It was suggested that there had over time been an effective change in policy and that in the past there had been no bar to compensation simply because there had been a re-trial. After all a person who has their conviction quashed has little choice if the Crown seek and the court orders a re-trial.
As was submitted in Dennis if during a re-trial a judge proceeds to dismiss the case and does not allow it to go before a jury then this may add significant weight to an application that the claimant is entitled to compensation. Arguably such a decision at that stage might be of even greater significance than the review at the Court of Appeal stage, which may have focused on a specific feature of fresh evidence only. So for example in Dennis it was contended that the case after further scrutiny at re-trial became even more weakened than it was before the Court of Appeal .
In George an alternative argument is taken as this case proceeded all the way to a Jury verdict despite a half time submission, which did not succeed. Very High profile cases such as George, which inevitably would be subject to a re-trial, would have called out for a jury’s verdict and as George’s counsel Ian Glen QC pointed out in the hearings there could be no more determinative answer to the matter than the jury’s second verdict.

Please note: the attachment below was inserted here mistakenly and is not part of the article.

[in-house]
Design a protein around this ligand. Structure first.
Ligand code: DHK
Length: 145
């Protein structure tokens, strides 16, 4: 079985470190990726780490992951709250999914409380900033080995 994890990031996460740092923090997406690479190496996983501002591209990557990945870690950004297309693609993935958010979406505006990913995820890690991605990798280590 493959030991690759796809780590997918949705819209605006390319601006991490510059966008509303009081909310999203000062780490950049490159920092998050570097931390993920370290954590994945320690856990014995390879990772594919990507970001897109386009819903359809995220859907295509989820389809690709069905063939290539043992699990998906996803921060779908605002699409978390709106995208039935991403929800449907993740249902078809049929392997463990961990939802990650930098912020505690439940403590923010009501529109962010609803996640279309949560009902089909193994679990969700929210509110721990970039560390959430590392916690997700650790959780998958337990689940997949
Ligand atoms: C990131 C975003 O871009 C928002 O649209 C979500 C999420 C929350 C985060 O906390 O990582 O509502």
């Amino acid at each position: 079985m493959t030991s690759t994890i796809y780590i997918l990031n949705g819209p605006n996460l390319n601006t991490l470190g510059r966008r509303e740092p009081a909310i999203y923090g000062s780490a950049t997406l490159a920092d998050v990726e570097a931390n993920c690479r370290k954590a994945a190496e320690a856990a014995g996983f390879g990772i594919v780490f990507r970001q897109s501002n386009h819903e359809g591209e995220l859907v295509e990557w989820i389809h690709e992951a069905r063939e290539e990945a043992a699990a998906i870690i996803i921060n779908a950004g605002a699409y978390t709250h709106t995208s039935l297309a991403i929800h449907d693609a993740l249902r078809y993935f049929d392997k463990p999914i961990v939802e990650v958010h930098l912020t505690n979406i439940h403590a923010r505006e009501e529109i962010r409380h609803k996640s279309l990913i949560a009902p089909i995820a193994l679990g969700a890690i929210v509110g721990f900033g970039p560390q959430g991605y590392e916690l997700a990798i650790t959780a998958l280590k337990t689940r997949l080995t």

What became clear from the arguments in these cases is that a very careful approach to the issue of re-trial is required and the question of the approach to the re-trial and any rulings by the Judge needs to be carefully scrutinised. No claimant can fall foul of the scheme simply because he has faced a re-trial.
To remit or not to remit that is the question
One of the ancillary questions that have arisen is whether ordinary Judicial Review principles apply or whether the court can go further and scrutinise the facts of each case to the extent that the court can make clear its views of the eligibility of the claimants.
Perhaps the nature of the test cases call themselves for the latter approach to be taken by the court so that future claimants have a model of the sort of cases will succeed.
Alternatively the court could choose to remit the cases back to the Secretary of State for redetermination having quashed the decisions if it decides to do so. The danger with that approach at this stage however is that this may only lead to further decisions which have to be subject to further challenge.
It is hoped that the Court will choose to grasp the opportunity to give clear and careful guidance by reference to the cases before it.
Is Article 6 engaged in these cases?
The question arises out of the provisions of article 5 and the right to compensation if unlawfully detained and the right to a fair trial of the issue in accordance with article 6.